48. ^ Bopearachchi, Coin Production and Circulation 2000, p. 309 and Note 65
  49. ^ André-Salvini, Béatrice (2005). Forgotten Empire: The World of Ancient Persia. University of California Press. p. 208 Coin no.381 for the Persian column capitals. ISBN 9780520247314.
  50. ^ Cribb, Investigating the introduction of coinage in India 1983, p. 101
  51. ^ 372. Lot: 658, Lot of two AR bent bars, CNG Coins
  52. ^ Bopearachchi & Cribb, Coins illustrating the History of the Crossroads of Asia 1992, pp. 57–59: "Silver bent-bar punch-marked coin of Kabul region under the Achaemenid Empire, c.350 BC: Coins of this type found in quantity in Chaman Hazouri and Bhir Mound hoards." (Commentary by Joe Cribb and Osmund Bopearachchi)
  53. ^ "Extremely Rare Early Silver from the Kabul Valley", CNG 102, Lot:649, CNG Coins
  54. ^ Bopearachchi & Cribb, Coins illustrating the History of the Crossroads of Asia 1992, pp. 57–59: "Coins of this type found in Chaman Hazouri (deposited c.350 BC) and Bhir Mound hoards (deposited c.300 BC)." (Commentary by Joe Cribb and Osmund Bopearachchi)
  55. ^ "The earliest attempts at portraiture appear to have taken place in Lycia. The heads of various dynasts appear on coins of the fifth century" Carradice, Ian (1978). Ancient Greek Portrait Coins. British Museum Publications. p. 2. ISBN 9780714108490.
  56. ^ a b c West, Shearer; Birmingham), Shearer (2004). Portraiture. OUP Oxford. p. 68. ISBN 9780192842589.
  57. ^ "A rare silver fraction recently identified as a coin of Themistocles from Magnesia even has a bearded portrait of the great man, making it by far the earliest datable portrait coin. Other early portraits can be seen on the coins of Lycian dynasts." Carradice, Ian; Price, Martin (1988). Coinage in the Greek World. Seaby. p. 84. ISBN 9780900652820.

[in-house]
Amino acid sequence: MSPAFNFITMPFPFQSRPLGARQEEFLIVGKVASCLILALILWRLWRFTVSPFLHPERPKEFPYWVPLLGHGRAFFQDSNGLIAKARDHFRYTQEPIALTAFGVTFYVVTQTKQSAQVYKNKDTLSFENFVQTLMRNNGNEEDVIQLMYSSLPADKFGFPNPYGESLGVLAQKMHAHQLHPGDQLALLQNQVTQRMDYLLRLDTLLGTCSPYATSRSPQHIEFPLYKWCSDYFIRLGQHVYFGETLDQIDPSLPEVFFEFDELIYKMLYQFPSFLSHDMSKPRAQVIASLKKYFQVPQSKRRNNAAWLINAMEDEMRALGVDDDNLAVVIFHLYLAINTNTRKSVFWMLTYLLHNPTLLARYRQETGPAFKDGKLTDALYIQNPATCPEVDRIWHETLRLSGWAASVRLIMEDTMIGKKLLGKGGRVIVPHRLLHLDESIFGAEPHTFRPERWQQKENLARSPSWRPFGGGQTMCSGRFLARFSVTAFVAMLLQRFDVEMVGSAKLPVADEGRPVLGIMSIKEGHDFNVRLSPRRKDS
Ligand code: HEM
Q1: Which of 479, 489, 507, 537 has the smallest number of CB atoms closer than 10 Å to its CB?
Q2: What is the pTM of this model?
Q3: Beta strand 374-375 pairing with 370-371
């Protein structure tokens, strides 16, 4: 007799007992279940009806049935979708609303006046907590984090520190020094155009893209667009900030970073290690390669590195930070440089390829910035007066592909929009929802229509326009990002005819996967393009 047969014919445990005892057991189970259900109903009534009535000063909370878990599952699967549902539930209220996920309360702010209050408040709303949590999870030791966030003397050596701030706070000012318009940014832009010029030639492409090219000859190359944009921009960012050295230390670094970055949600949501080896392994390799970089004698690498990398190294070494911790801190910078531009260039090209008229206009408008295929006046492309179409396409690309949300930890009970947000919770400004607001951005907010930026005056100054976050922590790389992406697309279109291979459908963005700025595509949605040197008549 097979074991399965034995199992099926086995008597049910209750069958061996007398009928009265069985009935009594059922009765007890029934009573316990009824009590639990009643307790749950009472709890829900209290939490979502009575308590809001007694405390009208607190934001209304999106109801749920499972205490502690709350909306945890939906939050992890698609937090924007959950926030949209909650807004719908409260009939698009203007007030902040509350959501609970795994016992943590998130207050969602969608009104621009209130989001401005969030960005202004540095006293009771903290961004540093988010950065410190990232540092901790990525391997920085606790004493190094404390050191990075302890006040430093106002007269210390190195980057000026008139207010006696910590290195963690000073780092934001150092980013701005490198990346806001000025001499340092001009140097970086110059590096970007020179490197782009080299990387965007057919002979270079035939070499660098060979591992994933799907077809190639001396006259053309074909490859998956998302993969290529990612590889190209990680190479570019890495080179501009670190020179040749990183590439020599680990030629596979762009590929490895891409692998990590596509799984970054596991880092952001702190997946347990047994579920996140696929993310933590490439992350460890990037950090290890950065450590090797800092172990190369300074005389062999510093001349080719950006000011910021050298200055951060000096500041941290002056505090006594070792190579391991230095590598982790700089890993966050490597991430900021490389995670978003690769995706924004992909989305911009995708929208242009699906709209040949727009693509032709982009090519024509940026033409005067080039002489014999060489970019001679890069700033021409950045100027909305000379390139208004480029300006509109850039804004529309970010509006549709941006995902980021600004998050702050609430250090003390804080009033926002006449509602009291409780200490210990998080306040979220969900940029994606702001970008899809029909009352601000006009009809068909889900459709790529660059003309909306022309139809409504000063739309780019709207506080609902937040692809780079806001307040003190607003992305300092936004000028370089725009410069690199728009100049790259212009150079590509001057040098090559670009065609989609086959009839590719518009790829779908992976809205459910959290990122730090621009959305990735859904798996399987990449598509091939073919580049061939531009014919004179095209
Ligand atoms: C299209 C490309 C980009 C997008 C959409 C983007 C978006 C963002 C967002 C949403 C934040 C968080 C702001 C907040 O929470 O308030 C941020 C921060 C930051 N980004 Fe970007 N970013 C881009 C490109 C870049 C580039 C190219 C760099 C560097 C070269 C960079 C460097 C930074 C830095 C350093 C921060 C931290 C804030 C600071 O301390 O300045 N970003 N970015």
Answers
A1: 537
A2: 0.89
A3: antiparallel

58. ^ Stieber, Mary (2010). The Poetics of Appearance in the Attic Korai. University of Texas Press. pp. 98–99. ISBN 9780292773493.
  59. ^ Rhodes, P. J. (2011). A History of the Classical Greek World: 478 - 323 BC. John Wiley & Sons. p. 58. ISBN 9781444358582.
  60. ^ Howgego, Christopher (2002). Ancient History from Coins. Routledge. p. 64. ISBN 9781134877843.
  61. ^ a b Mildenberg, Leo (2000). "On the so-called satrapal coinage". Publications de l'Institut Français d'Études Anatoliennes. 12 (1): 10 and Note 8.
  62. ^ CNG: PERSIA. Alexandrine Empire. Circa 331-288/7 BC. AV Double Daric (16.65 g). Babylon mint. Struck circa 315-300/298 BC.
  63. ^ "At Babylon or other Eastern mints were issued also certain groups of Alexandrine coins which can be identified by means of the symbols and monograms which they bear in common with the double darics" in Medals, Department of Coins and (2005). Catalogue of the Greek coins in The British Museum. Рипол Классик. p. 143. ISBN 9785872102076.